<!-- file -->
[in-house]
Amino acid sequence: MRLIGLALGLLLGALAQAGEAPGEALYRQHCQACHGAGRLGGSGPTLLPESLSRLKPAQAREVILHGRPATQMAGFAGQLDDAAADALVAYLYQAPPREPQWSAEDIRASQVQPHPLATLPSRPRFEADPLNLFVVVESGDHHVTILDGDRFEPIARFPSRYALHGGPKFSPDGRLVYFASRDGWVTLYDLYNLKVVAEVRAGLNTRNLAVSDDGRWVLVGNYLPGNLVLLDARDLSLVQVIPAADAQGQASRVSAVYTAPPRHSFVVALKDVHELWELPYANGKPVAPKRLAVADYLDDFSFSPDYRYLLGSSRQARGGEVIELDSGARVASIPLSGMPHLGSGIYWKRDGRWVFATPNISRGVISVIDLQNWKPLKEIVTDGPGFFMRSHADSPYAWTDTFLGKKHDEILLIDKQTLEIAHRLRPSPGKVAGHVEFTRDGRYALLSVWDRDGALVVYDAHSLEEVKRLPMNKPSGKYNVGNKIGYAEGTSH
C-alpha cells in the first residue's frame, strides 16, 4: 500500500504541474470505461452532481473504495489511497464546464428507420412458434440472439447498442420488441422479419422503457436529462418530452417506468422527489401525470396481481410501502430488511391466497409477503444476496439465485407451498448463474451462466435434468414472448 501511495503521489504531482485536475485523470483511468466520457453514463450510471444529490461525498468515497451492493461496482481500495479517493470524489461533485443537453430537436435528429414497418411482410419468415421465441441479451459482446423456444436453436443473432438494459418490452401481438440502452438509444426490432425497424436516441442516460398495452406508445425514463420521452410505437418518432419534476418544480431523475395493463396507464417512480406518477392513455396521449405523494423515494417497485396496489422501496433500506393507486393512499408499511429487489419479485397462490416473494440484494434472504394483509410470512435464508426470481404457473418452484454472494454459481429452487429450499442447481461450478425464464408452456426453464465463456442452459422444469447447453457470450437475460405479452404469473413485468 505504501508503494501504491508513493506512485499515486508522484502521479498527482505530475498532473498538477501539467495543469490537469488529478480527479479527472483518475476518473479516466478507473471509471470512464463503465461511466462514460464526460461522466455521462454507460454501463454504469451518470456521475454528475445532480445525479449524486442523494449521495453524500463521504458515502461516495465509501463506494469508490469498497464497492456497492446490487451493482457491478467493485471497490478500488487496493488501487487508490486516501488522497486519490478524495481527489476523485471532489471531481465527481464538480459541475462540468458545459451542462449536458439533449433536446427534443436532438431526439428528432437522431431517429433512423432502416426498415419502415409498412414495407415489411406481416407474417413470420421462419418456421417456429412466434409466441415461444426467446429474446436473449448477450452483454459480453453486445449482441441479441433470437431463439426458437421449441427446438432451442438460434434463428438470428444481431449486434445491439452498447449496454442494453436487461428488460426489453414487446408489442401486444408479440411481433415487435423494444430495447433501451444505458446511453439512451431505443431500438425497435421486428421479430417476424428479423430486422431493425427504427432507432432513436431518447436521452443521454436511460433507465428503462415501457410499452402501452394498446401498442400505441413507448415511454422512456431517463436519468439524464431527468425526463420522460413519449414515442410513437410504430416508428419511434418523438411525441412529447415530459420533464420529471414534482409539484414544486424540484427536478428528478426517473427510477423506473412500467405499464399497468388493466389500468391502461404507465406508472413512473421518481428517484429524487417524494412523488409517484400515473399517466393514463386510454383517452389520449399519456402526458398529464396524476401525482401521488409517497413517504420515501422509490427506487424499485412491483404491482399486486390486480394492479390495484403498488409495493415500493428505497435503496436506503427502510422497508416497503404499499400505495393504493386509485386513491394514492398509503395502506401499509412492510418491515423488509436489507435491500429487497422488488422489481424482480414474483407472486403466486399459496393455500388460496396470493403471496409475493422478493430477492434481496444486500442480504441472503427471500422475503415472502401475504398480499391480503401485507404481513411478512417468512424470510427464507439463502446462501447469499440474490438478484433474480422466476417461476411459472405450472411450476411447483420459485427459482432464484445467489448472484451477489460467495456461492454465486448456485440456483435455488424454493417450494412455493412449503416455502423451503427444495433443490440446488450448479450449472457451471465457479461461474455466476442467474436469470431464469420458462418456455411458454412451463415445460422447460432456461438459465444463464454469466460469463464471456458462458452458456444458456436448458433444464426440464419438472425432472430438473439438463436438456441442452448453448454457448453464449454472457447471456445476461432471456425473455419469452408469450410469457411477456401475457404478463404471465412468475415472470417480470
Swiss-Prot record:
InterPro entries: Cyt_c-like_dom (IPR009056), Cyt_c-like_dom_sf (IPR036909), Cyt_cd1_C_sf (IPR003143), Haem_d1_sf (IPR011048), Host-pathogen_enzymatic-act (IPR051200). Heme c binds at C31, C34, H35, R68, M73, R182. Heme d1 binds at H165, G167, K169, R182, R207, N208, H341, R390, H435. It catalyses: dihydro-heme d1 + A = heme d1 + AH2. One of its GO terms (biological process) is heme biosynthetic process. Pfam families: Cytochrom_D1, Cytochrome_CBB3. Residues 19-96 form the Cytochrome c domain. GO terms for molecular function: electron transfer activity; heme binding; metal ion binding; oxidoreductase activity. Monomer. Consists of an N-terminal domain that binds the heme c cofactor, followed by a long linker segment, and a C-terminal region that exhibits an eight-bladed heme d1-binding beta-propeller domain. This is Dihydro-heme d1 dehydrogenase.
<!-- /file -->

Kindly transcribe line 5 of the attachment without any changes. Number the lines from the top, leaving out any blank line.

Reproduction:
InterPro entries: Cyt_c-like_dom (IPR009056), Cyt_c-like_dom_sf (IPR036909), Cyt_cd1_C_sf (IPR003143), Haem_d1_sf (IPR011048), Host-pathogen_enzymatic-act (IPR051200). Heme c binds at C31, C34, H35, R68, M73, R182. Heme d1 binds at H165, G167, K169, R182, R207, N208, H341, R390, H435. It catalyses: dihydro-heme d1 + A = heme d1 + AH2. One of its GO terms (biological process) is heme biosynthetic process. Pfam families: Cytochrom_D1, Cytochrome_CBB3. Residues 19-96 form the Cytochrome c domain. GO terms for molecular function: electron transfer activity; heme binding; metal ion binding; oxidoreductase activity. Monomer. Consists of an N-terminal domain that binds the heme c cofactor, followed by a long linker segment, and a C-terminal region that exhibits an eight-bladed heme d1-binding beta-propeller domain. This is Dihydro-heme d1 dehydrogenase.